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11/1/2010
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Data Usage Drives Cellular Network Upgrades

Significant growth in data transmissions is expected to force cellular network providers to make massive investments in network upgrades, according to market research firm In-Stat. The emerging requirements could stretch their pocketbooks as well as their network capacity.

Significant growth in data transmissions is expected to force cellular network providers to make massive investments in network upgrades, according to market research firm In-Stat. The emerging requirements could stretch their pocketbooks as well as their network capacity.The popularity of smartphones, such as the Apple's iPhone and Google's Android, is altering the mix of network traffic. Video and other high bandwidth applications are becoming more popular and usurping voice's top spot. Consequently, network bandwidth is straining to keep pace with demand. "Nearly every major mobile operator is, or will shortly be, at capacity," said Chris Kissel, Industry Analyst for In-Stat.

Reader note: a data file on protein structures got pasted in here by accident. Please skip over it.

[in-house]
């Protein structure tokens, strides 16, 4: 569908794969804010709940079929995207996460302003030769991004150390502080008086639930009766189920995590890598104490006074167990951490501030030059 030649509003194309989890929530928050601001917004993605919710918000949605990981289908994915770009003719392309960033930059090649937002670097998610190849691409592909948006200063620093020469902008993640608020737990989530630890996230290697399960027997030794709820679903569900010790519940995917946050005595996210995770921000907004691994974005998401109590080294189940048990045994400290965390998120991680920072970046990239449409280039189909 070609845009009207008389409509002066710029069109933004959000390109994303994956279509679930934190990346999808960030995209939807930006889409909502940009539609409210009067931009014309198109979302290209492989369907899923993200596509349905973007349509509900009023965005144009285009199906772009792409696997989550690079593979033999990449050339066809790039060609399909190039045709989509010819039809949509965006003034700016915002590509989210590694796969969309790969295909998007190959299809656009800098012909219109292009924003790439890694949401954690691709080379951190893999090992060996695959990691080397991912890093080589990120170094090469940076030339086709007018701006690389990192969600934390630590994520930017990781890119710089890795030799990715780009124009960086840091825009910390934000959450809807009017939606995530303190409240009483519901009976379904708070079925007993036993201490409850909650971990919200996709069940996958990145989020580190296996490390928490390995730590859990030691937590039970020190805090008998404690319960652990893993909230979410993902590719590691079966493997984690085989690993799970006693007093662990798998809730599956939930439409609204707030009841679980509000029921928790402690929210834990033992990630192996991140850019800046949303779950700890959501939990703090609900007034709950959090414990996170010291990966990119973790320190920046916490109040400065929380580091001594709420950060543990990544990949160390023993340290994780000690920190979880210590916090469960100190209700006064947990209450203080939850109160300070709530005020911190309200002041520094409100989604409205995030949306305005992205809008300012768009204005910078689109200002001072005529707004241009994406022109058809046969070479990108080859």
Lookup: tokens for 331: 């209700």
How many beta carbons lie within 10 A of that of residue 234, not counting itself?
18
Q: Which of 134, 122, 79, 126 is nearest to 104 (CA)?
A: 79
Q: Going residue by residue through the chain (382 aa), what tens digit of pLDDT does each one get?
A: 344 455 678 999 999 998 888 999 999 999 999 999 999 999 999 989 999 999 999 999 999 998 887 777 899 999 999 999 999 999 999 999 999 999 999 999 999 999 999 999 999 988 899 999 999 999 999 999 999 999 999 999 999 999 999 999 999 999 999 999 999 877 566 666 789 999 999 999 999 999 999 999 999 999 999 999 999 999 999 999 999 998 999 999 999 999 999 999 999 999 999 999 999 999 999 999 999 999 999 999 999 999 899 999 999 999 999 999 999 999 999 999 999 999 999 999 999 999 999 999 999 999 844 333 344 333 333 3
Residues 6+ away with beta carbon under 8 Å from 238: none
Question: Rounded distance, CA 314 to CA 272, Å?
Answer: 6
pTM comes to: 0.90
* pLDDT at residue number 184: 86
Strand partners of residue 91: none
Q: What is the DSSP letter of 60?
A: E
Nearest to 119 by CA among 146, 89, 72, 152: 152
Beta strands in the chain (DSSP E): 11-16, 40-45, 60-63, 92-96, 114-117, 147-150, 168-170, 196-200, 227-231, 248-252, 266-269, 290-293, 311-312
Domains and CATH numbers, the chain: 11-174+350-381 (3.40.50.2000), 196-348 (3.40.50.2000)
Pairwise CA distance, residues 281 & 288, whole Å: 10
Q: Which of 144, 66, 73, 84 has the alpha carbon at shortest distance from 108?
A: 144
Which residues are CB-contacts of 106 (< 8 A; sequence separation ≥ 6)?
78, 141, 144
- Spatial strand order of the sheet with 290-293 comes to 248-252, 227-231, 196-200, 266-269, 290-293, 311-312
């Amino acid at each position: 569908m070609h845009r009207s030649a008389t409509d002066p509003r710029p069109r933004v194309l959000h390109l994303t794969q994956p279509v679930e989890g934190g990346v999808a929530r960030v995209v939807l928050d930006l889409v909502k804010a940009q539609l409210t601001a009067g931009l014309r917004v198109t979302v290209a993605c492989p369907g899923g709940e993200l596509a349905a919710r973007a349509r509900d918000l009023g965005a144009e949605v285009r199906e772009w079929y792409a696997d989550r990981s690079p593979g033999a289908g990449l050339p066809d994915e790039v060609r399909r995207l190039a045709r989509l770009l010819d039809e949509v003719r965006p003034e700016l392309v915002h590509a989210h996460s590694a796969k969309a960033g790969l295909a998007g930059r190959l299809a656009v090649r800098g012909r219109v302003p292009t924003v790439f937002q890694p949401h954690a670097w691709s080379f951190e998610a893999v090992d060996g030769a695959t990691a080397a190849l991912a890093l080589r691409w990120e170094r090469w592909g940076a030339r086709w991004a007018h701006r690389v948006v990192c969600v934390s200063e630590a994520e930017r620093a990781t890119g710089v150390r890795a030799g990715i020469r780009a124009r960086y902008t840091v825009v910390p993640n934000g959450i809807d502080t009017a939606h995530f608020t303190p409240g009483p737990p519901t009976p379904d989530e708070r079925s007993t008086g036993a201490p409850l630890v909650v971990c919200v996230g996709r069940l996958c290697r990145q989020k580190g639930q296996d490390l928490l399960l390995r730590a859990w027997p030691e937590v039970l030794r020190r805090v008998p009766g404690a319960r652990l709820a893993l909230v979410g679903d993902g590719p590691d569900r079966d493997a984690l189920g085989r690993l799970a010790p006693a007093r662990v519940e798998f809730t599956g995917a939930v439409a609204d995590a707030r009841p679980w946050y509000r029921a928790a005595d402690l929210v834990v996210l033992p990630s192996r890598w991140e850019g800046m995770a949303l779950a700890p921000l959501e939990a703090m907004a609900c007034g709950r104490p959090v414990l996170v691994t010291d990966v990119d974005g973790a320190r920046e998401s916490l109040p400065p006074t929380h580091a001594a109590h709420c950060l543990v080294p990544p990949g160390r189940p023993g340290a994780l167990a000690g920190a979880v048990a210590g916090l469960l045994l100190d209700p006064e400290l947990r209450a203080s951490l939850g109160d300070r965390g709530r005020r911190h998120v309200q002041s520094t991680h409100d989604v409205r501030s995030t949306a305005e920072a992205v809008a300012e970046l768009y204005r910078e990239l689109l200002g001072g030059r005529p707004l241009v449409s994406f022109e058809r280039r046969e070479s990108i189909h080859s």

In response, carriers will need to upgrade their backhaul connections, the link between the edge of a mobile network and the backbone. In-Stat expects that by 2014, North American carriers will be forced to upgrade more than half of these connections. As a result, they will have to invest $117 billion by 2014, a 41% increase from 2009's expenditures of $83 billion.

Carriers could face a couple of challenges in making these investments. First, the economic news has been grim lately as the downturn has lingered, so these firms could find it difficult to fund the needed upgrades. Second, the migration path from lower speed 3G networks to higher performing 4G networks is unclear. It is uncertain how well new 4G networking options will work, and there is doubt as to whether or not they will deliver as much bandwidth as needed.

The changes could impact small and medium businesses in a couple of ways. Last mile backhaul is critical because poor connections can create bottlenecks that will limit subscriber connections and lower quality of service. Many of these companies plan to deploy new mobile applications and will need to be cautious because carrier networks may not support their new endeavors. One safeguard could be signing strict Service Level Agreements, which would penalize whenever their network performance lags.

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